In the southern Indian state of Karnataka, a 19-year-old girl stood courageous in front of an angry mob, and now her echo is being heard all around the world. While discussions were going on in India, protests have also started in different cities of Pakistan for two days. The women’s wing of the Jamaat-e-Islami staged a rally supporting the courage of a girl out loud.
Former Jamaat-e-Islami MP Samia Raheel Qazi said she is an example of resistance worldwide. The UN Charter allows everyone to dress as they wish. So why do they object to a woman wearing a hijab?
She said that she has been running the hijab movement for twenty years. “During this time, we saw a female minister in the 1990s being fired for wearing the hijab,” she said; she is now Ambassador to Malaysia. The slogan of “Allah ho Akbar” and her way to deliver it in the face of the mob is an example for us; she had no fear in raising her voice for her right. Samia said that many of the journalists in India have also supported her courage.
However, a faction in Pakistan considers the recent slogans of ‘Women should wear whatever they want related to India’s new event. She wanted to wear the scarf, so she must be supported, and many do not want to wear it. So they should also be supported. People in Pakistan support the former situation and are upset that the latter one is a double standard. A great example of double standard is the Women’s March, where women are awarded all sorts of titles for raising slogans like ‘My body is my will’ and FIRs are registered every year.
Talking about this, one of the organizers of the Women’s March said, “Pakistanis have a very narrow mind. So far, I have been confined to my home for raising only one play card in the last year Ourat march for so long. She justified it by saying that since wearing the Hijab reflects our collective thinking, so, t is being strongly supported in Pakistan.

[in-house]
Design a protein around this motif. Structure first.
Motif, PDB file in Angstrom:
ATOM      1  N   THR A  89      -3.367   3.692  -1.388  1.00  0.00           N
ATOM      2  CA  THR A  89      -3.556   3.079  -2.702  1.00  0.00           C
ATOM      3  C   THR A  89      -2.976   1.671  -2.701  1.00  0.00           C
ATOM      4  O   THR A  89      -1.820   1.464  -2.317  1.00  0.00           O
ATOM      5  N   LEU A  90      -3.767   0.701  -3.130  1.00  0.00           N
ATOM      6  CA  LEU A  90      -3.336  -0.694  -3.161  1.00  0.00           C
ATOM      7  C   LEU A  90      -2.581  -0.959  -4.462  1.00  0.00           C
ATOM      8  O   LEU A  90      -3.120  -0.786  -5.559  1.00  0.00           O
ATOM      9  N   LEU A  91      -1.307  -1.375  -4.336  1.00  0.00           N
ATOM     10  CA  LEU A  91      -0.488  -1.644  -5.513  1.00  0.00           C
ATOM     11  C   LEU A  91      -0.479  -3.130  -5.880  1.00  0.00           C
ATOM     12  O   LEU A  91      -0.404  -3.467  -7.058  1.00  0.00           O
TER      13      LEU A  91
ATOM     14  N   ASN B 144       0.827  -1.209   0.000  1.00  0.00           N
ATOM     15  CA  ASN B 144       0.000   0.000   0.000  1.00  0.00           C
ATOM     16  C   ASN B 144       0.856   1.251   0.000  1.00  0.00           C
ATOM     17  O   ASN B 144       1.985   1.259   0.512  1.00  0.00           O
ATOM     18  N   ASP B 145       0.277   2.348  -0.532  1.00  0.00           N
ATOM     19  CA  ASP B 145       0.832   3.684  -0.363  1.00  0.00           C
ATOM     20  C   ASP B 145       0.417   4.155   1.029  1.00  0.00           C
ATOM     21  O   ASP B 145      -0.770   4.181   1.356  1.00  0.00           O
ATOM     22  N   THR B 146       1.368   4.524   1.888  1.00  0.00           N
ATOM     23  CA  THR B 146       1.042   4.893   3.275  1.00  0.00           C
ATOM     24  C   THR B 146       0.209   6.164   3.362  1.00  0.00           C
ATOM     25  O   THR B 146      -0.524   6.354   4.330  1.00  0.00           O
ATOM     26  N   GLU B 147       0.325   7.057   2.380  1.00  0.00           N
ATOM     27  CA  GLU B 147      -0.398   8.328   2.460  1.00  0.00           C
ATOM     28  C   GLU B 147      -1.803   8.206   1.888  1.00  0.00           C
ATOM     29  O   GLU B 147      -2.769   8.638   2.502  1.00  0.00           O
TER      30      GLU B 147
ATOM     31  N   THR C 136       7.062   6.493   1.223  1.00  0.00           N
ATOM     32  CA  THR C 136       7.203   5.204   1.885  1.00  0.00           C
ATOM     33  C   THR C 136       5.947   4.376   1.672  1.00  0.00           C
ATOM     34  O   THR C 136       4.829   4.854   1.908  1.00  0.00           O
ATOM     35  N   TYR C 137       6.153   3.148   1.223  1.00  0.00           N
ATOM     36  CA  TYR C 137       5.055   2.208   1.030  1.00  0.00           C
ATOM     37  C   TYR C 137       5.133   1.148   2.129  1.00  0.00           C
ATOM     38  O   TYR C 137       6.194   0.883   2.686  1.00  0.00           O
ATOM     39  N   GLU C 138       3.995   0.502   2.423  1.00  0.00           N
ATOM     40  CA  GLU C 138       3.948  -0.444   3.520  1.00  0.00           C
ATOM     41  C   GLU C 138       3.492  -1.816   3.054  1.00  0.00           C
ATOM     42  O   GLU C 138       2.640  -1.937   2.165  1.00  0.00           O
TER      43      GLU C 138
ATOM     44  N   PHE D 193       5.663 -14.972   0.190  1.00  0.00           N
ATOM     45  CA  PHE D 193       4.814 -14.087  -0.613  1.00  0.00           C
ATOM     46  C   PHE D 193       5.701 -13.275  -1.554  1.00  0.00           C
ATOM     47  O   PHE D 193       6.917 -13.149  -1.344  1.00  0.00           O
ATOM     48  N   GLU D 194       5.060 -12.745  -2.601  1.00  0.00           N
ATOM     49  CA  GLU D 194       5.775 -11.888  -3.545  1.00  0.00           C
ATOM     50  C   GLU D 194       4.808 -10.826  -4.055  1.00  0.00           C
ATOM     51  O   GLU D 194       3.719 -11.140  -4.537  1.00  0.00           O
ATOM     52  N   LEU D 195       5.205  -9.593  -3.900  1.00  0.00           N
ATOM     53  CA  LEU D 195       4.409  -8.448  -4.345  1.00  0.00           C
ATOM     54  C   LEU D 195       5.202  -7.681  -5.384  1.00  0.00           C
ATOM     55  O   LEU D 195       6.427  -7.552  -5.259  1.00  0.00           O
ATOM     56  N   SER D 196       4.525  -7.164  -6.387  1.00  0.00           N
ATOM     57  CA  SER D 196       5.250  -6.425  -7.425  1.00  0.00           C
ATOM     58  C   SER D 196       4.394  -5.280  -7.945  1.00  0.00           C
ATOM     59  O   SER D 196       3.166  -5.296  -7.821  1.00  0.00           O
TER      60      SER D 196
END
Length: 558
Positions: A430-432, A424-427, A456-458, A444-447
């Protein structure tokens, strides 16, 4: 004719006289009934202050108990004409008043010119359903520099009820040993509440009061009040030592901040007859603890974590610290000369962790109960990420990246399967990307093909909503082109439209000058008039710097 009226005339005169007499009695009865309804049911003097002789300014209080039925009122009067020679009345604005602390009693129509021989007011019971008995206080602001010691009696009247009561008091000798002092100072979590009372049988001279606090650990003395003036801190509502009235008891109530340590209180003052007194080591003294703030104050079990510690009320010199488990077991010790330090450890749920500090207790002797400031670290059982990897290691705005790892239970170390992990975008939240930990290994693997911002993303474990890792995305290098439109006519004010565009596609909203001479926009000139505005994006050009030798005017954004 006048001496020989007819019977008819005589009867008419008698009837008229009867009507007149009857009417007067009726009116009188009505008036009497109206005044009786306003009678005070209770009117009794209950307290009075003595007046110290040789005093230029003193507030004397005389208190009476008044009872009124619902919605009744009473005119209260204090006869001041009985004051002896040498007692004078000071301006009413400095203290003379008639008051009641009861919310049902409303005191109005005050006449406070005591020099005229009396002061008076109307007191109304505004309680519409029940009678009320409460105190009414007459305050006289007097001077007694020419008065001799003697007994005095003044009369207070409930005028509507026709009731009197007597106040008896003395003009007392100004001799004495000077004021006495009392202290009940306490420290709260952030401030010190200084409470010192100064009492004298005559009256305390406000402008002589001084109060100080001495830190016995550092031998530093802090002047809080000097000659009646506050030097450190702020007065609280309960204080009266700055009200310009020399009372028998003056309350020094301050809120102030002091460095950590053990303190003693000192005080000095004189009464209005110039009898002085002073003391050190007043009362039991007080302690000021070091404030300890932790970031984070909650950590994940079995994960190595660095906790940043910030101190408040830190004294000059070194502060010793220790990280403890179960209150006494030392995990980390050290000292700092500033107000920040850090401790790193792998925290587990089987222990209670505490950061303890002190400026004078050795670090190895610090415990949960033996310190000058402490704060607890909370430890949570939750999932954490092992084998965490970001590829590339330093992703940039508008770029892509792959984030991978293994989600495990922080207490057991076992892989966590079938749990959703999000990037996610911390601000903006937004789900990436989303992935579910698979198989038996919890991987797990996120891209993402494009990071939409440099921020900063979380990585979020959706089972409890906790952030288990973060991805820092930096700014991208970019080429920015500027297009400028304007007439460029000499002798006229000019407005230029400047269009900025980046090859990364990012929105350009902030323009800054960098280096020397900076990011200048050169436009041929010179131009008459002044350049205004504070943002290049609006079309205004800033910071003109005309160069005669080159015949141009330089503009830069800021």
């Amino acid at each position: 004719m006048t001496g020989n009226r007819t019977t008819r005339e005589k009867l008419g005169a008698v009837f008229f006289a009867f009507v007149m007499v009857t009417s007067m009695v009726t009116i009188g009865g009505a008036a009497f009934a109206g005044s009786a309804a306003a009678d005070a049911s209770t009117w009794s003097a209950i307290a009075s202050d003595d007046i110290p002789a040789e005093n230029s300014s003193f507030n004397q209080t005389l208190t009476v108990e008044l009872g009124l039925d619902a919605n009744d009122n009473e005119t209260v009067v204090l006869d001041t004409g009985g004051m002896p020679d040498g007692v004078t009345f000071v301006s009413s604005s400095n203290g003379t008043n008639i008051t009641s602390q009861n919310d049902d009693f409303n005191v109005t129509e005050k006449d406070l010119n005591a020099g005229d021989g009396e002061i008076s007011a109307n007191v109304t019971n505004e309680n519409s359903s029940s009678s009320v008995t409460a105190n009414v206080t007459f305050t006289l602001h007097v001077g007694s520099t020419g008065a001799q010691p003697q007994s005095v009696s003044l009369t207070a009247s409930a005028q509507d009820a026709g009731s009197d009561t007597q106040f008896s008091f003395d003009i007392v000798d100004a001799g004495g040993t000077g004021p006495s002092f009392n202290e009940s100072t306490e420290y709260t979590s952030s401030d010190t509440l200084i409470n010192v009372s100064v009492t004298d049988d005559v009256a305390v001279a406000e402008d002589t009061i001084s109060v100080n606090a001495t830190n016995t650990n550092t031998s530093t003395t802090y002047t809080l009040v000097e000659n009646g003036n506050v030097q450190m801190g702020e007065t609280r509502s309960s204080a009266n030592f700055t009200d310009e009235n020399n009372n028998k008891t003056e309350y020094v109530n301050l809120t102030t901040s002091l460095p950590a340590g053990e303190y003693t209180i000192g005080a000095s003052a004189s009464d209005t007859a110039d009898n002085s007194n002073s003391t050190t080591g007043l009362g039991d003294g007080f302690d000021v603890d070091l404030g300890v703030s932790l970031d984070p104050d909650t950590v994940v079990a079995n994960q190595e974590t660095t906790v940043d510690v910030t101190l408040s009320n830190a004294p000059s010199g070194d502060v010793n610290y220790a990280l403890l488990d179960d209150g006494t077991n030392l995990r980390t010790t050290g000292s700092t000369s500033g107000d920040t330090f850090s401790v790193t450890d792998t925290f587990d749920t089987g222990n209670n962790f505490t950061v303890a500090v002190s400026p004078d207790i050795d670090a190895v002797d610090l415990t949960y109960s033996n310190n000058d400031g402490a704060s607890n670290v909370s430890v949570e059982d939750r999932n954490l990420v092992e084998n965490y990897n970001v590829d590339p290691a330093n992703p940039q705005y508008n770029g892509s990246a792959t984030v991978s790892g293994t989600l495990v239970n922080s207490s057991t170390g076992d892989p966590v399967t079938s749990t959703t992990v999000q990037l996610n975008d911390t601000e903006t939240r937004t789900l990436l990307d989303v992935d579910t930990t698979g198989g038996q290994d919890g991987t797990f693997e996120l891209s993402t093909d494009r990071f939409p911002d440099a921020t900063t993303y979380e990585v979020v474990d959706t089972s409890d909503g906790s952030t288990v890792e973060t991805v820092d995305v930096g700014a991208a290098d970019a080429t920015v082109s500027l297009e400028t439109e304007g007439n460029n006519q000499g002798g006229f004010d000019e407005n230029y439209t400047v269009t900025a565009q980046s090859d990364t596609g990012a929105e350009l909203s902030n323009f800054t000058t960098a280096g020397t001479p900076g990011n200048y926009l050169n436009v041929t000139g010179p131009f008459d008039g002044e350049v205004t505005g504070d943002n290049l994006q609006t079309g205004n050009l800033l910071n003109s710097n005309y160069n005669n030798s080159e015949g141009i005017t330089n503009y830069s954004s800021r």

Speaking on the same double standard, journalist Shiraz Hassan wrote, “Most Pakistani men are praising Muskan for speaking out against Hindutva, but whenever a Pakistani girl shows such courage, she is approached by a crowd of men.”
Similarly, some female users wrote that there is no difference in the courage and enthusiasm of the girl who wants to cover her head and women who raise voices to take off the Hijab. But here, the girl’s slogan is different from the slogan ‘mera jism meri marzi’. The latter has been associated with the thing that only means ‘taking off hijab’. In the true sense, this slogan means that whatever I want to wear or not to wear should ultimately be my will.
“I would not call the support of smiles in Pakistan a duplicity or a double standard,” Raheel said. Pakistan is an Islamic country, and the Qur’an says to wear a hijab. But, at the same time, men are also forbidden to perform their duty in enforcing Hijab.
Analyst and journalist Mehmal Sarfraz said that Pakistanis have double standards “we like journalist Rana Ayub in India, but we do not like Asma Shirazi here.” We also have the example of Asma Jahangir.